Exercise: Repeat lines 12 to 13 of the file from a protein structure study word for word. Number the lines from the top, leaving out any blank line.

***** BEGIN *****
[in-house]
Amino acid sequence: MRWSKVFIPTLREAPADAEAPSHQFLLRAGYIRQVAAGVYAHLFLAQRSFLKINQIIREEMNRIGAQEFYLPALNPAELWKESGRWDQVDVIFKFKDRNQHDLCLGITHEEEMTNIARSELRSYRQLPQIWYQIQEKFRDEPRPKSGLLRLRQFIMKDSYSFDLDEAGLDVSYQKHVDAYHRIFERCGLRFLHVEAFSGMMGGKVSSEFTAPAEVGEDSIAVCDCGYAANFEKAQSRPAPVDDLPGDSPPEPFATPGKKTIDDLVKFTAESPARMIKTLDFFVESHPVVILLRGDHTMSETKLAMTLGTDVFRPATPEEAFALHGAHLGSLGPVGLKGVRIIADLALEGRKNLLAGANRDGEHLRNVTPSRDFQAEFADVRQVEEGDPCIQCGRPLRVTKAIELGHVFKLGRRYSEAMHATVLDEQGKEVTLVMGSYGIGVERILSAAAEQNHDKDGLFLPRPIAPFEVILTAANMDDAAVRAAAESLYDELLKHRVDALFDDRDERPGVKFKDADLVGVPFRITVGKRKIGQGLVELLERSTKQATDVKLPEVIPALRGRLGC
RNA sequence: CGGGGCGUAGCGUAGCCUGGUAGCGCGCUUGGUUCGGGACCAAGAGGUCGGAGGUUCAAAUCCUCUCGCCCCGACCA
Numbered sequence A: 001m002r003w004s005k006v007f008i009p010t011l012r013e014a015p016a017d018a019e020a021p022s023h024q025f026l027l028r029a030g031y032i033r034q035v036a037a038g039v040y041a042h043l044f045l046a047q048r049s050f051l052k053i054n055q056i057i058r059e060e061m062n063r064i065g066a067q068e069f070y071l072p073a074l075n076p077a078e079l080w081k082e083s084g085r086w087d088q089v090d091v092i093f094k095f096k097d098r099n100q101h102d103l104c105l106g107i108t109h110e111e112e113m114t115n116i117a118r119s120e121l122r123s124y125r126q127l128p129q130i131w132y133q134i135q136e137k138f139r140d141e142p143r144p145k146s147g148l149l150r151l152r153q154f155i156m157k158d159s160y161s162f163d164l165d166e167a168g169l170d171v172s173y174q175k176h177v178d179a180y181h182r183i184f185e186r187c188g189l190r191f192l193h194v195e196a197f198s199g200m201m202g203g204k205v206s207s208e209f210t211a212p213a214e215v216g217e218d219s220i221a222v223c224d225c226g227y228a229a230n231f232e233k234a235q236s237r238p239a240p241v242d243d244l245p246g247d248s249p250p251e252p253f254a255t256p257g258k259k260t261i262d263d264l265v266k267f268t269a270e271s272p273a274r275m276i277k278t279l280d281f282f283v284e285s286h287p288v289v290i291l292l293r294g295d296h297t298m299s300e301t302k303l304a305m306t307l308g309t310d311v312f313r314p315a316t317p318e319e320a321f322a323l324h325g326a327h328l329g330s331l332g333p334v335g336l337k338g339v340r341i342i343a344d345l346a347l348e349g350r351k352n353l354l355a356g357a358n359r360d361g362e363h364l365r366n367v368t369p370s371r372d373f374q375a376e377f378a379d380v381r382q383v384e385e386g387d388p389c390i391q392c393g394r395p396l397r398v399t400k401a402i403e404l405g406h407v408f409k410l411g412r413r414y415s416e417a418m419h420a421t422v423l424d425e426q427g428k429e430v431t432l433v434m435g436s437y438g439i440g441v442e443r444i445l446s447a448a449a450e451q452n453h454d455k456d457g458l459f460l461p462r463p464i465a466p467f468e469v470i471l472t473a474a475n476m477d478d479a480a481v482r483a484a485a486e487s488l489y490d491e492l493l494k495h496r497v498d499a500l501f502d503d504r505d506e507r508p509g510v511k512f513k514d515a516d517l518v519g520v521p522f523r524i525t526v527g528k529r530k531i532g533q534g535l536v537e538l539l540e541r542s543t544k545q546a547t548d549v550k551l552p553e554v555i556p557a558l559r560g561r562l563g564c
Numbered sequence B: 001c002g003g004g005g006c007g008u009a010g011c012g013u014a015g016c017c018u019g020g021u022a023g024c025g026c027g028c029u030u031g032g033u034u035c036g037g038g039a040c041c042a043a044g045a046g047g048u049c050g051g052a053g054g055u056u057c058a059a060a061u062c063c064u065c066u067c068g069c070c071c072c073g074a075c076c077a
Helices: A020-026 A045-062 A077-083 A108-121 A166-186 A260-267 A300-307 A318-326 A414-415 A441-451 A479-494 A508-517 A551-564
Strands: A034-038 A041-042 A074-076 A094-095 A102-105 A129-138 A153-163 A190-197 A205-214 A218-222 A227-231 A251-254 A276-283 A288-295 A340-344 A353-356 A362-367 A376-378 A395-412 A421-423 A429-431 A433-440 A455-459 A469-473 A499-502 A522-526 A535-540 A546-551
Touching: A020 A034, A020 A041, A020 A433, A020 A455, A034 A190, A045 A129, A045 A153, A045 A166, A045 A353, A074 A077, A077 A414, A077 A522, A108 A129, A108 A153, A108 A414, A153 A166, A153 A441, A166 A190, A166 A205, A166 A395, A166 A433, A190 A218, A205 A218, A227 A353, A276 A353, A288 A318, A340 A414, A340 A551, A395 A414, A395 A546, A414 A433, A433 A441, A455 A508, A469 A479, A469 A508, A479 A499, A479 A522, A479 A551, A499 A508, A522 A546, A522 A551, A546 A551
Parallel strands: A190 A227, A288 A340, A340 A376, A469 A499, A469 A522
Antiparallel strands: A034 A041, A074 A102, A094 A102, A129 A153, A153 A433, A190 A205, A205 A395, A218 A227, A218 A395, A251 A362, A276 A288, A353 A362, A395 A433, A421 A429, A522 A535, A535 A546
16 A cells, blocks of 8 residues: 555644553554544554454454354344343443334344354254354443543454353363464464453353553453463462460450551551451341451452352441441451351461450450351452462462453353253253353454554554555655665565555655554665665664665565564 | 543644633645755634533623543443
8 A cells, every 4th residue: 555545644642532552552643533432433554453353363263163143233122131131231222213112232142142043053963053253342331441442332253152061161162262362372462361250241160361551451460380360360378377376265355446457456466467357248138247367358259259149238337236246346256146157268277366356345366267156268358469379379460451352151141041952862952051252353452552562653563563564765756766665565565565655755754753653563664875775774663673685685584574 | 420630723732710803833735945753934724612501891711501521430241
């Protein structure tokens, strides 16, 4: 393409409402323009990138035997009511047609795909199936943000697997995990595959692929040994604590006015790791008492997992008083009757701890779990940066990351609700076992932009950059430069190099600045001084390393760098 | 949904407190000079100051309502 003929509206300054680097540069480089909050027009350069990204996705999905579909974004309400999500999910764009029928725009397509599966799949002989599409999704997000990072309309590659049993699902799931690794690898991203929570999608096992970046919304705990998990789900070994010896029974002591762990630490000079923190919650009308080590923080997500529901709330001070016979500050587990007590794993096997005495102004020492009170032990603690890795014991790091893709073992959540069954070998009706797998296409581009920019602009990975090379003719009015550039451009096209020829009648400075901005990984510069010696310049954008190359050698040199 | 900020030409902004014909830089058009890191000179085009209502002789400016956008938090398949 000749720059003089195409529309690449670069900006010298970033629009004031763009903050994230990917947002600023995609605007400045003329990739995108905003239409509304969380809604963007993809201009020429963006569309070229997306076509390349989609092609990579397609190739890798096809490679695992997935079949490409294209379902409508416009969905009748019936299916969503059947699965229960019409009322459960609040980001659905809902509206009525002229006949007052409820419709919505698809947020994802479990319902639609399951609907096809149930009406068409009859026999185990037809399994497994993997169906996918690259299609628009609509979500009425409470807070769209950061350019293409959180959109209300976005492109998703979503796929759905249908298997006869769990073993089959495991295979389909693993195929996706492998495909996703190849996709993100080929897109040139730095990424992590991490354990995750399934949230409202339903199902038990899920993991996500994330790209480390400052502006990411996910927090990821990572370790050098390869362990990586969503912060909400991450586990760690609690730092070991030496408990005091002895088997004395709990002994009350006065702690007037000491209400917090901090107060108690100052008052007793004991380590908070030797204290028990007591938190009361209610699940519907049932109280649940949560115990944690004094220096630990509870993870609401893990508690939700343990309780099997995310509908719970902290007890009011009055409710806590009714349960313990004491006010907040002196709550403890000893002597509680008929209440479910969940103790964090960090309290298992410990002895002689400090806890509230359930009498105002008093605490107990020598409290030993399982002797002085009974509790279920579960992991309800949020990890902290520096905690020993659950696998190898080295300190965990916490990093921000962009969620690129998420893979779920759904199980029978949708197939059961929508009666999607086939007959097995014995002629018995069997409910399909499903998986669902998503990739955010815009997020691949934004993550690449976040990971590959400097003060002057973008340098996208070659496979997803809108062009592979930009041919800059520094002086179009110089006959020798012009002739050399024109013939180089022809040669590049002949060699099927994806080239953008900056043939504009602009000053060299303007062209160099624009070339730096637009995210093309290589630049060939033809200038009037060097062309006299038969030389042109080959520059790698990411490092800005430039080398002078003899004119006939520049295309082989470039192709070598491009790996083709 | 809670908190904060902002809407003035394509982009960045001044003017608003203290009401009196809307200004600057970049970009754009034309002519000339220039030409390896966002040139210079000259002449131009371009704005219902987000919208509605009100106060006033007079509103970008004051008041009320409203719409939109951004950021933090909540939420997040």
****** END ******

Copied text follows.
8 A cells, every 4th residue: 555545644642532552552643533432433554453353363263163143233122131131231222213112232142142043053963053253342331441442332253152061161162262362372462361250241160361551451460380360360378377376265355446457456466467357248138247367358259259149238337236246346256146157268277366356345366267156268358469379379460451352151141041952862952051252353452552562653563563564765756766665565565565655755754753653563664875775774663673685685584574 | 420630723732710803833735945753934724612501891711501521430241
């Protein structure tokens, strides 16, 4: 393409409402323009990138035997009511047609795909199936943000697997995990595959692929040994604590006015790791008492997992008083009757701890779990940066990351609700076992932009950059430069190099600045001084390393760098 | 949904407190000079100051309502 003929509206300054680097540069480089909050027009350069990204996705999905579909974004309400999500999910764009029928725009397509599966799949002989599409999704997000990072309309590659049993699902799931690794690898991203929570999608096992970046919304705990998990789900070994010896029974002591762990630490000079923190919650009308080590923080997500529901709330001070016979500050587990007590794993096997005495102004020492009170032990603690890795014991790091893709073992959540069954070998009706797998296409581009920019602009990975090379003719009015550039451009096209020829009648400075901005990984510069010696310049954008190359050698040199 | 900020030409902004014909830089058009890191000179085009209502002789400016956008938090398949 000749720059003089195409529309690449670069900006010298970033629009004031763009903050994230990917947002600023995609605007400045003329990739995108905003239409509304969380809604963007993809201009020429963006569309070229997306076509390349989609092609990579397609190739890798096809490679695992997935079949490409294209379902409508416009969905009748019936299916969503059947699965229960019409009322459960609040980001659905809902509206009525002229006949007052409820419709919505698809947020994802479990319902639609399951609907096809149930009406068409009859026999185990037809399994497994993997169906996918690259299609628009609509979500009425409470807070769209950061350019293409959180959109209300976005492109998703979503796929759905249908298997006869769990073993089959495991295979389909693993195929996706492998495909996703190849996709993100080929897109040139730095990424992590991490354990995750399934949230409202339903199902038990899920993991996500994330790209480390400052502006990411996910927090990821990572370790050098390869362990990586969503912060909400991450586990760690609690730092070991030496408990005091002895088997004395709990002994009350006065702690007037000491209400917090901090107060108690100052008052007793004991380590908070030797204290028990007591938190009361209610699940519907049932109280649940949560115990944690004094220096630990509870993870609401893990508690939700343990309780099997995310509908719970902290007890009011009055409710806590009714349960313990004491006010907040002196709550403890000893002597509680008929209440479910969940103790964090960090309290298992410990002895002689400090806890509230359930009498105002008093605490107990020598409290030993399982002797002085009974509790279920579960992991309800949020990890902290520096905690020993659950696998190898080295300190965990916490990093921000962009969620690129998420893979779920759904199980029978949708197939059961929508009666999607086939007959097995014995002629018995069997409910399909499903998986669902998503990739955010815009997020691949934004993550690449976040990971590959400097003060002057973008340098996208070659496979997803809108062009592979930009041919800059520094002086179009110089006959020798012009002739050399024109013939180089022809040669590049002949060699099927994806080239953008900056043939504009602009000053060299303007062209160099624009070339730096637009995210093309290589630049060939033809200038009037060097062309006299038969030389042109080959520059790698990411490092800005430039080398002078003899004119006939520049295309082989470039192709070598491009790996083709 | 809670908190904060902002809407003035394509982009960045001044003017608003203290009401009196809307200004600057970049970009754009034309002519000339220039030409390896966002040139210079000259002449131009371009704005219902987000919208509605009100106060006033007079509103970008004051008041009320409203719409939109951004950021933090909540939420997040």